East London - President Jacob Zuma stole the limelight on Friday when he unexpectedly arrived at the ANC's gala dinner on the eve of the party's 106th anniversary celebrations.
The ANC today held its birthday celebrations in East London where it was commemorating its formation in 1912.
While new party president Cyril Ramaphosa's embarked on a unity charm offensive enjoyed overwhelming reception as when delivered the main speech for the night, attention was on Zuma when he arrived and occupied one of the front tables at the event.
The event was scheduled to start around 6pm but was delayed by more than three hours.
The glittering, held East London International Convention Centre, was organised by the Progressive Business Forum, an organisation of ANC members who are in business.
Zuma's arrival at the event, just before the programme started, saw an eruption of applause and ululation from those who were inside the dinner.
In his table, Zuma was accompanied by Kenyan president Uhuru Kenyatta who was in the country to the attend the ANC's birthday celebrations.
With an internal discussion on Zuma’s future within the ANC about his fate, Zuma the president was in good spirits amid attempts to recall him.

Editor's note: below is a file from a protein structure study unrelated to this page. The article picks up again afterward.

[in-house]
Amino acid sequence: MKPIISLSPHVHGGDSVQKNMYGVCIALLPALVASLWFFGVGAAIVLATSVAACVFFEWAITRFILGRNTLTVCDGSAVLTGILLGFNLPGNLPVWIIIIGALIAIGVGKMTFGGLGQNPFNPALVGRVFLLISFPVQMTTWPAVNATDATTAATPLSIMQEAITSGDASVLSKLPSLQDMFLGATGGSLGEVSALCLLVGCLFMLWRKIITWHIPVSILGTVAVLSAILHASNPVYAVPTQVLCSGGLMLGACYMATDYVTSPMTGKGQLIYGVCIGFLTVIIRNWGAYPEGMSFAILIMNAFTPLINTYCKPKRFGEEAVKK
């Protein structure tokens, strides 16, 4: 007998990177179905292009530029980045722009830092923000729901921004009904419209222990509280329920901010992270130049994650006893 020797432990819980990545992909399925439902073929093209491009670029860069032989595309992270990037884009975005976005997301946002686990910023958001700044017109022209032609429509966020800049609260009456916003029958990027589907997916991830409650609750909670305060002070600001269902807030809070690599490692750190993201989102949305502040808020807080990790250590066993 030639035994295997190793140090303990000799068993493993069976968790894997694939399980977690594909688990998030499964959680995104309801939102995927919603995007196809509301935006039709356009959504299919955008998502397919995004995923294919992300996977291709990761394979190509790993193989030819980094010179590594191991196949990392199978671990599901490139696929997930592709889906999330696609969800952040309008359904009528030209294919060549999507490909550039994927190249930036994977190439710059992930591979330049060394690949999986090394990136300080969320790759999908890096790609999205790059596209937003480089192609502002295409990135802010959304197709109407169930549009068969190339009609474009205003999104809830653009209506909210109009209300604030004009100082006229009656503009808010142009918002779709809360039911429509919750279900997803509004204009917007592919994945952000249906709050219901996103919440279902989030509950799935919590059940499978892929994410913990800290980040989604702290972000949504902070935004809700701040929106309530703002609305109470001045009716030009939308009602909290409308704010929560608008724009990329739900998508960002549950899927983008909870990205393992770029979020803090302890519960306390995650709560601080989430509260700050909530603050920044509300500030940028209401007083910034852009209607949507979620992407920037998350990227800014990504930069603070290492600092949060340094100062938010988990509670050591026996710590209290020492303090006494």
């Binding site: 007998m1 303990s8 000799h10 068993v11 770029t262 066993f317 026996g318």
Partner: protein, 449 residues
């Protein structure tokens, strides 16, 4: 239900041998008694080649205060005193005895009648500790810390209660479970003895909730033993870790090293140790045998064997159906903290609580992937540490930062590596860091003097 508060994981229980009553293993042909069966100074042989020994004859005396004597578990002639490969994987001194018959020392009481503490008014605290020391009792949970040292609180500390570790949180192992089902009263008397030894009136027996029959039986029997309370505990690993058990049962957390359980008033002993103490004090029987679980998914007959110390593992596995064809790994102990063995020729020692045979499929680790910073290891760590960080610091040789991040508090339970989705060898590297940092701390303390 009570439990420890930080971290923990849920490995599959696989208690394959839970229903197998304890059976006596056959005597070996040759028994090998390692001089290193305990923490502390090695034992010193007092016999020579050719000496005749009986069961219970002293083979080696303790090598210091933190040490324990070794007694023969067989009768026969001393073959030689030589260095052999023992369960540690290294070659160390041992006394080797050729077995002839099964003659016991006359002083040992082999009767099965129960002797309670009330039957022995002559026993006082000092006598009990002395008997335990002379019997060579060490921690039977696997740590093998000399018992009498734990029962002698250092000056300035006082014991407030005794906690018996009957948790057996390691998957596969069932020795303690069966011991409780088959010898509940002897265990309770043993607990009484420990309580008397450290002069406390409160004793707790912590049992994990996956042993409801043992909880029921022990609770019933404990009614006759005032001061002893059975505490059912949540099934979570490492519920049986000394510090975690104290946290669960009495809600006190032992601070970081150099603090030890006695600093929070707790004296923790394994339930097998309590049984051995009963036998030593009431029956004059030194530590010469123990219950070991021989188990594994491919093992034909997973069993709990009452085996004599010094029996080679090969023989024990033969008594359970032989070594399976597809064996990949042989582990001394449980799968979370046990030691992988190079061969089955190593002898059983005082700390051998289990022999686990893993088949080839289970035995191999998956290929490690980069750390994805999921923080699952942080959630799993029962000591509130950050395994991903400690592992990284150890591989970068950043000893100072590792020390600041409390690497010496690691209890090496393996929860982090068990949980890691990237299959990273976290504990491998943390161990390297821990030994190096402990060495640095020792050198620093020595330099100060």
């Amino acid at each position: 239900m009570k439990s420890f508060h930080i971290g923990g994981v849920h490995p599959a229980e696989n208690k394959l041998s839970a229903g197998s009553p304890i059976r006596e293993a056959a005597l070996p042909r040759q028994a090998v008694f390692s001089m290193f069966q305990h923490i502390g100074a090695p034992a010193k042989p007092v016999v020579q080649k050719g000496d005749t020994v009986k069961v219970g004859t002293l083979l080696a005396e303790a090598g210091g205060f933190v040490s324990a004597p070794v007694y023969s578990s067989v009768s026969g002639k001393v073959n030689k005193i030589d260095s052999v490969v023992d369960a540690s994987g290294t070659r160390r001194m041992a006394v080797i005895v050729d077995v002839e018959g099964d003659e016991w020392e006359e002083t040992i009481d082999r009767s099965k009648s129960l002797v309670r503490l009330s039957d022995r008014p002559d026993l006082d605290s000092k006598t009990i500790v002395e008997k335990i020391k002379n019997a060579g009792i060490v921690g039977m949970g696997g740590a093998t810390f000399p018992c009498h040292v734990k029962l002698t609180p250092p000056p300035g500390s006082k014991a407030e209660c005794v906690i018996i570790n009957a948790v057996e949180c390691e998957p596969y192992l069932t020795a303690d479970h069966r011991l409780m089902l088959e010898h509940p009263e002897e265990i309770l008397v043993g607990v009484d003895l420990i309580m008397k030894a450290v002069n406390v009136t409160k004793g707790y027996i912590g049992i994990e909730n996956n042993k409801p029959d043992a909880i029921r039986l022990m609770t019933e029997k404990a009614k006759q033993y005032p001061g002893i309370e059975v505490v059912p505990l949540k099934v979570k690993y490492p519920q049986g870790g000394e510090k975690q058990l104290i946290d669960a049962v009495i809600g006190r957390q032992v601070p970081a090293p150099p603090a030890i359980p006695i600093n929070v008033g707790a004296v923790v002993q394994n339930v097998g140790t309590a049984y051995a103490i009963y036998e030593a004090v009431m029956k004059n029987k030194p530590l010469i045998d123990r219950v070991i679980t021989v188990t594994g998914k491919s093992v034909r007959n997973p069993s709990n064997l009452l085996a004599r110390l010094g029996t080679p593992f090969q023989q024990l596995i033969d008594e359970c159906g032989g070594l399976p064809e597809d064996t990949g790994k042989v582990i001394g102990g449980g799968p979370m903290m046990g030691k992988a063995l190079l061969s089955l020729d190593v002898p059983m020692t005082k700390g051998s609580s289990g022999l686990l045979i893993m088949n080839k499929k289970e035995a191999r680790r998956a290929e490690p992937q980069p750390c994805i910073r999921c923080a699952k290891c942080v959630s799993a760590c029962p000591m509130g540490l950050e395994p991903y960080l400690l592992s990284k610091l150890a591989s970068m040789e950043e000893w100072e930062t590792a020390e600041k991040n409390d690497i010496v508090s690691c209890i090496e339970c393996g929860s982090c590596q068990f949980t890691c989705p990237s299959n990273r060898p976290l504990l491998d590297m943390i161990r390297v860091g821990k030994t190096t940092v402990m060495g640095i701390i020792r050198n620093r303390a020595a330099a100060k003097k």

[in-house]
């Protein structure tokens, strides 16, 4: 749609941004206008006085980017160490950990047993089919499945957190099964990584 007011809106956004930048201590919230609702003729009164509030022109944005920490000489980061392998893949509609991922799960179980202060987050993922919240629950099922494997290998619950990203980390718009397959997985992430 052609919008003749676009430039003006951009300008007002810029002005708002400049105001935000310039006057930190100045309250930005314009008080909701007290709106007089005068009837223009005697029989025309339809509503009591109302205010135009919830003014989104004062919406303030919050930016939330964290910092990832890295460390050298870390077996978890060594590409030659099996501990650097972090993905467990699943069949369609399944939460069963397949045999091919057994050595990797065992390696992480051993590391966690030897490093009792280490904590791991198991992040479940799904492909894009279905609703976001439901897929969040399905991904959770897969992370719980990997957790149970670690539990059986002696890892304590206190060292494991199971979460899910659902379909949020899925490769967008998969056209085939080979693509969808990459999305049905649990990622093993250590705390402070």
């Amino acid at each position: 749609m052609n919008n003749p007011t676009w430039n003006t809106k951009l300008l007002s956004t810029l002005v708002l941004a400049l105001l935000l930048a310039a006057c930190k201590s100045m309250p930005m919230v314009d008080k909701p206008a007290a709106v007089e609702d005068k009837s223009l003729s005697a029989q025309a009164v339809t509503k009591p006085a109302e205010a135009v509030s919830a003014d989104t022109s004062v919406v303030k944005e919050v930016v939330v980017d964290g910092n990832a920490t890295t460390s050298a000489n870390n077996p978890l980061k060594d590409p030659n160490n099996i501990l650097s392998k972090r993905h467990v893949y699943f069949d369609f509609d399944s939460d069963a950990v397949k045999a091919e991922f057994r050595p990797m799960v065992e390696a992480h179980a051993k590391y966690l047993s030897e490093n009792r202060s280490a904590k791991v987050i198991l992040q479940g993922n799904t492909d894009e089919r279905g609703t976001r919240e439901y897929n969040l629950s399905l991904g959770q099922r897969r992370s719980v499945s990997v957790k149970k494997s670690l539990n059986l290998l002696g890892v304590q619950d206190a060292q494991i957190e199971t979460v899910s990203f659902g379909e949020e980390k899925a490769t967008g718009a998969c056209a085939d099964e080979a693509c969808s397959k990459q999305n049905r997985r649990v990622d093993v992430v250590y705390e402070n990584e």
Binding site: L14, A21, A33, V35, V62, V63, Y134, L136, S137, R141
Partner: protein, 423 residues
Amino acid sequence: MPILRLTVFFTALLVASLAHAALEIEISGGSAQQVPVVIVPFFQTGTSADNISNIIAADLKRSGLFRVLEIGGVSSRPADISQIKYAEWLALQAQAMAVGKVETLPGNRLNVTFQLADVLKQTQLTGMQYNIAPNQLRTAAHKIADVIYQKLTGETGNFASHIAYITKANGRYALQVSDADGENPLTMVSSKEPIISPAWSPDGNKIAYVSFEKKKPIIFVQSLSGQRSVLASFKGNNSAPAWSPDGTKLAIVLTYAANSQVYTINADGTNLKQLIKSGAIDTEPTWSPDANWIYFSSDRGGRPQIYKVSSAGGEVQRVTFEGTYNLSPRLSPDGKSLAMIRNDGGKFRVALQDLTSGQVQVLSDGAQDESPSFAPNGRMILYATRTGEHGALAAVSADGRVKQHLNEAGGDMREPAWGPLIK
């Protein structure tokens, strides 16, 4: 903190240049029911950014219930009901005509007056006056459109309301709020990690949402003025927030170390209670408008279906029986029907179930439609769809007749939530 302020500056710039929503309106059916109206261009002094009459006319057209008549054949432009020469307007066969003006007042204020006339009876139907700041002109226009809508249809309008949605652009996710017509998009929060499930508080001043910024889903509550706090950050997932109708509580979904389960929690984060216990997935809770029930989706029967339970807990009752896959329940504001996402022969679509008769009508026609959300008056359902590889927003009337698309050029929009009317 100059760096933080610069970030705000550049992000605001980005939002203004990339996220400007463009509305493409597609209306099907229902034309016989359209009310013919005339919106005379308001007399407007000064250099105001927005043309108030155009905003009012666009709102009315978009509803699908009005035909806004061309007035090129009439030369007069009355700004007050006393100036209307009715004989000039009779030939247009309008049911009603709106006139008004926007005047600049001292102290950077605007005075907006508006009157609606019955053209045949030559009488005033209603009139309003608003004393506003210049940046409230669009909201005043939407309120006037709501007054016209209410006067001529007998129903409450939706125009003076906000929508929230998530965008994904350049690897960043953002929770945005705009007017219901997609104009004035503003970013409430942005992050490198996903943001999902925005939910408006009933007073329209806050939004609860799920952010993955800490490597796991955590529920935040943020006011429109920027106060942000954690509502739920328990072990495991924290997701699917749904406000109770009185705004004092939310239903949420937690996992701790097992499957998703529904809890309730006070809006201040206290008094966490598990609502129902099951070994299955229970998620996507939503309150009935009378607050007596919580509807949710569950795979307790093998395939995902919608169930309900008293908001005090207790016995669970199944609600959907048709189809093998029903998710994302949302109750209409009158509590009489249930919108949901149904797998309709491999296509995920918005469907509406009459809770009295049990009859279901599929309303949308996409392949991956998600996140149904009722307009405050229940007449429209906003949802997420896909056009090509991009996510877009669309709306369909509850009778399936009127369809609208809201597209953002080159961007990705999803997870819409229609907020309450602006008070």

While talking unity during his speech, Ramaphosa however surprised the audience when he said he did not want to dampen the mood of the night by touching on what he would be saying during his January 8 statement.
Ramaphosa's ‘presidential campaign anchored on anti-corruption and anti-state capture both before and after his election last month, and his utterances about how he would dampen the mood if he touched on his January 8 statement saw attention being shifted towards Zuma.
Zuma has been implicated in numerous state capture allegations and this has fuelled discussions around his possible removal as state president by those close to Ramaphosa.
Ramaphosa used the occasion admit that the ANC's new leadership had differing views on the way forward.
To applause, he said he however embraced the differences as this would ignite deeper discussions about the direction the ANC and country must take.
"In this leadership, we see different people, we also see different experiences.
"We are different, and that is the leadership that was chosen by the delegates at our national conference," Ramaphosa said.
Ramaphosa committed to leading efforts for unity in the party, which had been plagued by deep factional fights and internal strife ahead of its conference.
He said the electoral results had to be respected and that the new leadership had to be supported.